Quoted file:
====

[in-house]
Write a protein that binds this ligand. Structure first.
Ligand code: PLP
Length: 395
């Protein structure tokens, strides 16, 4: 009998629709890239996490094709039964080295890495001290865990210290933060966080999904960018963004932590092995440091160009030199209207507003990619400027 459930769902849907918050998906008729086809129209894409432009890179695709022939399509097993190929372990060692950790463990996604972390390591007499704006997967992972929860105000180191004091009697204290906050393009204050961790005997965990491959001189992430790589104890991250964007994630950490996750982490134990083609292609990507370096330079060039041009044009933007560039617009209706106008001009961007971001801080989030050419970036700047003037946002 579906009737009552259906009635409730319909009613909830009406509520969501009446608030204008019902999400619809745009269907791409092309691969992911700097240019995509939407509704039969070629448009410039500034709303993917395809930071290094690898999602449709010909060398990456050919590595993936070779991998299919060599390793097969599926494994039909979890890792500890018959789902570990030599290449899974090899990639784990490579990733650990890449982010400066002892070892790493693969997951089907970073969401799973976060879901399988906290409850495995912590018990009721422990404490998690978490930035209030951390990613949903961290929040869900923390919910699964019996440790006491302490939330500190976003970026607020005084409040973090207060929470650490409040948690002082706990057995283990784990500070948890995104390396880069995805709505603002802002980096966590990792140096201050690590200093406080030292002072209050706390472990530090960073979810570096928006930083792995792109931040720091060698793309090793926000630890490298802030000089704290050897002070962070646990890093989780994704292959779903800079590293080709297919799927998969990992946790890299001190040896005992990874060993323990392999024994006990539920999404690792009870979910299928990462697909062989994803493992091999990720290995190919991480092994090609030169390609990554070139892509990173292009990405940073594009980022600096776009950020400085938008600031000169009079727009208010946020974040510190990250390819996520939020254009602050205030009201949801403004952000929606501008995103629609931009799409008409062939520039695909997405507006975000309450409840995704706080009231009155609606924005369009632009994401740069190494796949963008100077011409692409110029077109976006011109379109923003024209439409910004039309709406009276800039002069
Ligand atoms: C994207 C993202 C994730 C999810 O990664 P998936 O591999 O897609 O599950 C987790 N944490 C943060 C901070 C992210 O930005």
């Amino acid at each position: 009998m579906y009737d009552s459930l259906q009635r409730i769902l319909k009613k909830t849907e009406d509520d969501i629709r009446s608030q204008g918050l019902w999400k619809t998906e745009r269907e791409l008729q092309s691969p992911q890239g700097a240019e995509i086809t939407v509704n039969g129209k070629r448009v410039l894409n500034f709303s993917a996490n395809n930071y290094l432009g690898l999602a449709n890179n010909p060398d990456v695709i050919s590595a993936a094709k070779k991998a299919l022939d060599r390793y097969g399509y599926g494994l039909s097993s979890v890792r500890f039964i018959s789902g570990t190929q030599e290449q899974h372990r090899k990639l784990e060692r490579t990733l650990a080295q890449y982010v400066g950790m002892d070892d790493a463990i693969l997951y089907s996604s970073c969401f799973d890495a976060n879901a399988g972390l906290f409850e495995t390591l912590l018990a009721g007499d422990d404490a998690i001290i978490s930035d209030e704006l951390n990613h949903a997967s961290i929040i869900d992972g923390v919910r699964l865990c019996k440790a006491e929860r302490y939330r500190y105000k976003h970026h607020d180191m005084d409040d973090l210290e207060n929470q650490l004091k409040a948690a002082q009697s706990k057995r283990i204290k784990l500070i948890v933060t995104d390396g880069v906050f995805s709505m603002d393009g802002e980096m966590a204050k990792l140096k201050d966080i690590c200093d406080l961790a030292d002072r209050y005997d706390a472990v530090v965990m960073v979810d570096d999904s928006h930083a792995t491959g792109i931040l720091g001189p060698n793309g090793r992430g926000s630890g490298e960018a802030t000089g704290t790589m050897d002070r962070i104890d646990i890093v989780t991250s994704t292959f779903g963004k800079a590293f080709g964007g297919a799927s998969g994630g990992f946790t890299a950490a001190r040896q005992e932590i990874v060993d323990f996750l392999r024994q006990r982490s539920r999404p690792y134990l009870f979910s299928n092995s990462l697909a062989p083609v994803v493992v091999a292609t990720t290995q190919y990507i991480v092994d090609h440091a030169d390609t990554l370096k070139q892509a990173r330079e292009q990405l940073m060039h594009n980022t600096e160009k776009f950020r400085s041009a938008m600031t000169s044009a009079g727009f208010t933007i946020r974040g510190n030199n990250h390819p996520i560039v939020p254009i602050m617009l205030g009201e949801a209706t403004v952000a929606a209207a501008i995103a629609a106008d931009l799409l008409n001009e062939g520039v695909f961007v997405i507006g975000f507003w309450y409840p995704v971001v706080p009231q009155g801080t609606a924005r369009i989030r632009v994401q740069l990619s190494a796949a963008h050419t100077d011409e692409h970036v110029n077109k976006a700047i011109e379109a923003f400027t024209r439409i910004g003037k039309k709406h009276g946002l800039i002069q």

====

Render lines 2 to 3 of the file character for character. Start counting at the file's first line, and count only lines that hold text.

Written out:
Write a protein that binds this ligand. Structure first.
Ligand code: PLP